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For example, "file system" and "related". Is it "file system-related"? It will appear as if it is a compound of "file" and "system-related", won't it?

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This question may be relevant: english.stackexchange.com/questions/2908/… –  Cerberus Jan 22 '11 at 0:55

2 Answers 2

up vote 11 down vote accepted

This is a very good question and is one that troubled me for a long time.

Here is what the Fowler brothers say in their Kings English:

TEXT 1: Within the last ten days two Anglo-South Americans have been in my office arranging for passages to New Zealand.—Times.

SUGGESTION 1: Anglo-South-Americans is the best that can be done. What is really wanted is Anglo-SouthAmericans, to show that South goes more closely with America. But it is too hopelessly contrary to usage at present.

TEXT 2: The proceeds of the recent London-New York loan.—Times.

SUGGESTION 2: London and New-York loan.

TEXT 3: A good, generous, King Mark-like sort of man.—Times.

SUGGESTION 3: King-Mark-like, in default of KingMark-like. But the addition of -like to compound names should be avoided.

TEXT 4: The Fugitive Slave-law in America before the rebellion.—H. Sidgwick.

SUGGESTION 4: Fugitive-Slave law

In answer to your question, based on Fowler's advice (which I find practical and logical), I would write filesystem-related or file-system-related, e.g., 'Please remember that this is a filesystem-related job.'

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+1 for filesystem-related, since "filesystem" is commonly a single word in computer contexts. –  psmears Jan 16 '11 at 12:38

You're looking at a compound compound modifier.

Generally, a compound modifier (a two-word phrase that is used as an adjective) is hyphenated when it appears before the noun it is modifying:

  • The brick-oven pizza was cooked in a brick oven.
  • Love is a two-way street.

The hyphen is there to prevent confusion on which words are being modified. There may be more important reasons, but this is the more-important reason.

Each of the components of a compound adjective can itself be a compound word. It is common in this case to use an "en dash" to keep things well organized:

  • I plan to open a brick-oven–pizza restaurant.
  • All file-system–related software has to be cleared by IT.
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It's unnecessary-to-wrong to hyphenate 'more important' even when used attributively. See eg the NG Style Manual (2b), but there are even more authoritative sources who say this. –  Edwin Ashworth Oct 8 at 11:06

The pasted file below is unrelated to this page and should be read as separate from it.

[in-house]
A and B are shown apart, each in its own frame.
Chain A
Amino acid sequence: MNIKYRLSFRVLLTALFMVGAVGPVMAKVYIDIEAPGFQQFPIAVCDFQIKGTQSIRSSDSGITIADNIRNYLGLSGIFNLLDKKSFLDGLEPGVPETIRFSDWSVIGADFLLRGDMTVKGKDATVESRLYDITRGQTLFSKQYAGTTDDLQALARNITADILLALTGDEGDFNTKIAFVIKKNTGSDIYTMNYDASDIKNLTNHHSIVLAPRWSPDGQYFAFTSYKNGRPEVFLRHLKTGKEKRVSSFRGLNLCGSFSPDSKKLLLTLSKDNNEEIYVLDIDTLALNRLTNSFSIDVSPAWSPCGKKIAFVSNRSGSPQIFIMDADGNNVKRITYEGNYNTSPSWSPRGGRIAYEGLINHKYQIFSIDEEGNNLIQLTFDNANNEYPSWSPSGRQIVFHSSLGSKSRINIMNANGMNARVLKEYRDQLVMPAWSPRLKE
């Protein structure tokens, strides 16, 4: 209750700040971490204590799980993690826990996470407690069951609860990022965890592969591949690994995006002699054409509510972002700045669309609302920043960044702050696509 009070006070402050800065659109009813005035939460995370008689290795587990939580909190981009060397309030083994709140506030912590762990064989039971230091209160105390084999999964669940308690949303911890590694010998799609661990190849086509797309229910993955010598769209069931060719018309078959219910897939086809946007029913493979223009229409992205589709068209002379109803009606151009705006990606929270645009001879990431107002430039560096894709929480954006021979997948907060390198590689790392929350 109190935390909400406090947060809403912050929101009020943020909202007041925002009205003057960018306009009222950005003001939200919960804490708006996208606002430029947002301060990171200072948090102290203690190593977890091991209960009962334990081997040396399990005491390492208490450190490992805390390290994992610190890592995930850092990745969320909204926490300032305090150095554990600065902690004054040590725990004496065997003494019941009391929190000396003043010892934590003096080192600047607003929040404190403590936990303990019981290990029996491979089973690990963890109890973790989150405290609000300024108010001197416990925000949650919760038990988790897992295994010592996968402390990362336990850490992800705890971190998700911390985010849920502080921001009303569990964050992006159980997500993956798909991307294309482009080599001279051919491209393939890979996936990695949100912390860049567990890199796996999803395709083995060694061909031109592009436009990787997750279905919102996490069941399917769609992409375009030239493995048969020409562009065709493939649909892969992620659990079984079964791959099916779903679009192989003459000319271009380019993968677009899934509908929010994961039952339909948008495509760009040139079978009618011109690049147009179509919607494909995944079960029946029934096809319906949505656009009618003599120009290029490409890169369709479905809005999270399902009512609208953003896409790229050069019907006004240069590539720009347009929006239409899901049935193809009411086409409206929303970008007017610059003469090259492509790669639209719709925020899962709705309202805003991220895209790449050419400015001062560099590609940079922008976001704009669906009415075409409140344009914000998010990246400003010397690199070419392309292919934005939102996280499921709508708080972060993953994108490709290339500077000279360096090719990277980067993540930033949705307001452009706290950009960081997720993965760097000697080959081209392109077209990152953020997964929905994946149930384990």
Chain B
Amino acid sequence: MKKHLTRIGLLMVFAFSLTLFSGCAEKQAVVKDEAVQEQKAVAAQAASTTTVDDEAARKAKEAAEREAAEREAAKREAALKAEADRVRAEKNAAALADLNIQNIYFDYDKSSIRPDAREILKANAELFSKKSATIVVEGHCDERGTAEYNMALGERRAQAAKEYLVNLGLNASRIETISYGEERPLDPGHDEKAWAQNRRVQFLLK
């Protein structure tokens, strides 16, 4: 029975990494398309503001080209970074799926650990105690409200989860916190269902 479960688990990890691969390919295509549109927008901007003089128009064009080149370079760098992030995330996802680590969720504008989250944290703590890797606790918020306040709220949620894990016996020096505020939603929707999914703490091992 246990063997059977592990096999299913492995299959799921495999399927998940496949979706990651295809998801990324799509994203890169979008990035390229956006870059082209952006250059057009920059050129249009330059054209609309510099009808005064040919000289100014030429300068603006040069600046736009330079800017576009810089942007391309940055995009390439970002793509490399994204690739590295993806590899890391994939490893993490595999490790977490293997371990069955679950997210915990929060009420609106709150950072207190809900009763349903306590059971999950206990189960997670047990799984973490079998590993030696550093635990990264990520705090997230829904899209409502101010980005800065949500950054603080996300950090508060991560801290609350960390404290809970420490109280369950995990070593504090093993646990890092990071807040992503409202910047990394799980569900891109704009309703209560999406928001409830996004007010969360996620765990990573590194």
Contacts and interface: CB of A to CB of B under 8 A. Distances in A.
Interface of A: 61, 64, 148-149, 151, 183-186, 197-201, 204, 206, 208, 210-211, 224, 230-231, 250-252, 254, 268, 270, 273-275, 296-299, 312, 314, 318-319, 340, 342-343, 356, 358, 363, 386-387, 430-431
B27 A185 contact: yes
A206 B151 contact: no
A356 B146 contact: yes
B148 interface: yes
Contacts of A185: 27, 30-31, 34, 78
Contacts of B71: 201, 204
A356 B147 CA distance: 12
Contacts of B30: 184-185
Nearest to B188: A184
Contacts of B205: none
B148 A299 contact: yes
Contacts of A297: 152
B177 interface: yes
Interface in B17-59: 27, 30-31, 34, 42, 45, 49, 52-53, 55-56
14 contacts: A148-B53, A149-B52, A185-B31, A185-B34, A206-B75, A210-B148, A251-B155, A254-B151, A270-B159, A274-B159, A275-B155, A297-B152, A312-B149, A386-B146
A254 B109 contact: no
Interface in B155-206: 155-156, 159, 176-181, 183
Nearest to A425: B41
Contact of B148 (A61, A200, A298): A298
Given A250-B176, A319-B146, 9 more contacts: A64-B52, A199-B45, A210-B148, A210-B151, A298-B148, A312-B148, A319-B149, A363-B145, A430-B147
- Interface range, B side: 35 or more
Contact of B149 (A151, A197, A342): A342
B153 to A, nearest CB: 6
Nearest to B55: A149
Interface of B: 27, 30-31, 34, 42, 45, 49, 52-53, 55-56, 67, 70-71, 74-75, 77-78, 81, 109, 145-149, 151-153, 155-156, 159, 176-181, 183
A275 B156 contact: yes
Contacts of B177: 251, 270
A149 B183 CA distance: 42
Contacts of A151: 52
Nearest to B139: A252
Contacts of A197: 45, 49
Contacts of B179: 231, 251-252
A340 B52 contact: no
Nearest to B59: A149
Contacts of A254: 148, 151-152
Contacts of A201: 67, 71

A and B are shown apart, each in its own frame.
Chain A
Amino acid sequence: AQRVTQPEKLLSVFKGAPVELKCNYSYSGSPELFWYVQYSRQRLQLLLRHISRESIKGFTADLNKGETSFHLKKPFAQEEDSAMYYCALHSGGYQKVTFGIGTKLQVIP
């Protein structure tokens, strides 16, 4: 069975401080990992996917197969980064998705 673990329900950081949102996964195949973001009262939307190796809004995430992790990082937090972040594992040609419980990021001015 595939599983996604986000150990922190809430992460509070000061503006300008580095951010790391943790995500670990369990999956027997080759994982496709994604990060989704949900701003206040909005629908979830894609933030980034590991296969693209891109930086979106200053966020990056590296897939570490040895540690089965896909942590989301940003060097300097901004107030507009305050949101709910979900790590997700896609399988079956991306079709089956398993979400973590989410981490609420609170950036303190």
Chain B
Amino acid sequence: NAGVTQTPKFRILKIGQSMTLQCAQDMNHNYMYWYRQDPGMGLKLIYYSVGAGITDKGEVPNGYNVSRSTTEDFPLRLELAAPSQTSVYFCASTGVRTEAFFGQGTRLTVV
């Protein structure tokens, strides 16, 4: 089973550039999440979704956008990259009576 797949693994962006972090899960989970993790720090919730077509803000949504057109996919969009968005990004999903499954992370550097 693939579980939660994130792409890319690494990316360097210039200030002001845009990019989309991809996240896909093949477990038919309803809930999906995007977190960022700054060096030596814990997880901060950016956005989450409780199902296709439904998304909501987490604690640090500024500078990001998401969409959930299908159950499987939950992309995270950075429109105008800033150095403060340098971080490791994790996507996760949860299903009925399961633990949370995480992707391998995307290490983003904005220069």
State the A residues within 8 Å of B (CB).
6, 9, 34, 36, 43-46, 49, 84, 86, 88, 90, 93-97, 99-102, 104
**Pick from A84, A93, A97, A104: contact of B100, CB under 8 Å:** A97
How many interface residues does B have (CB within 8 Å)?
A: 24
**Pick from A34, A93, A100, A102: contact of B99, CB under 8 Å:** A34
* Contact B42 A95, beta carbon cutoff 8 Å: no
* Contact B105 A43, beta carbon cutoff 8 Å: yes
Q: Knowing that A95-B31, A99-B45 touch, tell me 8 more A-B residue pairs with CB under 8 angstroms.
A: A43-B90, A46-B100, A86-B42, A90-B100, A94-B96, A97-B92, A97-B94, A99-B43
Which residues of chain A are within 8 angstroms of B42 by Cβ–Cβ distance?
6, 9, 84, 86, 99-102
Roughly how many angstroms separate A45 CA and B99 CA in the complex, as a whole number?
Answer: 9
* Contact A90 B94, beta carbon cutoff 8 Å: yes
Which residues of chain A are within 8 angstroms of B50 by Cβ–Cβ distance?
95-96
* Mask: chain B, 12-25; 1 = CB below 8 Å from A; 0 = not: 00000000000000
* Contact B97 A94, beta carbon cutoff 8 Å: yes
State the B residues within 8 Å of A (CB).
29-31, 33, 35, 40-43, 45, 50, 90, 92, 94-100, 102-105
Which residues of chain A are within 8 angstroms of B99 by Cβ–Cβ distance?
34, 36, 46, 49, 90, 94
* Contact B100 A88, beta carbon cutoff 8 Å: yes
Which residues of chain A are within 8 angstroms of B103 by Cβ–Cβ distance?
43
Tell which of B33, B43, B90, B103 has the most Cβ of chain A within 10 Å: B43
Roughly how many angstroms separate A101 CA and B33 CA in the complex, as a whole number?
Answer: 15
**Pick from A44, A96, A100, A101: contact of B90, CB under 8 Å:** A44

@Edwin Ashworth: I think that if the writer means to say "There are additional reasons that are (also) important," the better way to express this in short form is to omit the hyphen from the sentence: "There are more important reasons." But if the writer means to say "There are reasons more important than the ones heretofore identified," the better way is to add the hyphen to the sentence: "There are more-important reasons." CMOS, 15th ed., 7.85, and Oxford Style Manual, 5.10.1, seem to endorse this distinction. But you're right about "more important reason," which can't be misread. –  Sven Yargs Oct 11 at 4:27
    
@Sven: Yes; I'll moderate 'unnecessary-to-wrong' to 'often, arguably always, unnecessary'. Wikipedia has: '... However, if the compound is a familiar one, it is usually unhyphenated. For example, at least one style guide prefers the construction high school students, to high-school students.[8] Although the expression is technically ambiguous ("students of a high school"/"school students who are high"), it would normally be formulated differently if other than the first meaning were intended.... –  Edwin Ashworth Oct 11 at 7:44
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And 'However, if [an adjective-modifier] can also function as [a quantifier], then a hyphen may be or should be used for clarity, depending on the style guide. For example, the phrase more-important reasons (reasons that are more important) [may be] distinguished from more important reasons (additional important reasons), where more is [a quantifier].' [Parts of speech adjusted / corrected.] In a Google search for "more important reasons", both of the above usages (and one or two others) appear in profusion. Though sometimes the ambiguity is technically possible, hyphens are extremely rare. –  Edwin Ashworth Oct 11 at 7:54

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